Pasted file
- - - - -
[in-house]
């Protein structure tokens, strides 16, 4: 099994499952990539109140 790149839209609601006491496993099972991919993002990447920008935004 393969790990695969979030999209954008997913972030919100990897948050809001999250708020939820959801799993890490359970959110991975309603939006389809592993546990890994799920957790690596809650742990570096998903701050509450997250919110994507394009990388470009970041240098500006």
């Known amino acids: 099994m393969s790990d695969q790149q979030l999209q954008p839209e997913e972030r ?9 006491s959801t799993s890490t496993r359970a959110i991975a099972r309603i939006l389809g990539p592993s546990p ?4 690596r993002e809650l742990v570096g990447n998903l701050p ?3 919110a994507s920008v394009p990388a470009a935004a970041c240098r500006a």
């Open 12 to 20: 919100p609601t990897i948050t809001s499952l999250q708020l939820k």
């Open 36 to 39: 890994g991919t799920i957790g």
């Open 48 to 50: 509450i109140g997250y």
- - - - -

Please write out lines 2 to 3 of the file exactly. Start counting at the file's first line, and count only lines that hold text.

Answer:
């Protein structure tokens, strides 16, 4: 099994499952990539109140 790149839209609601006491496993099972991919993002990447920008935004 393969790990695969979030999209954008997913972030919100990897948050809001999250708020939820959801799993890490359970959110991975309603939006389809592993546990890994799920957790690596809650742990570096998903701050509450997250919110994507394009990388470009970041240098500006």
């Known amino acids: 099994m393969s790990d695969q790149q979030l999209q954008p839209e997913e972030r ?9 006491s959801t799993s890490t496993r359970a959110i991975a099972r309603i939006l389809g990539p592993s546990p ?4 690596r993002e809650l742990v570096g990447n998903l701050p ?3 919110a994507s920008v394009p990388a470009a935004a970041c240098r500006a």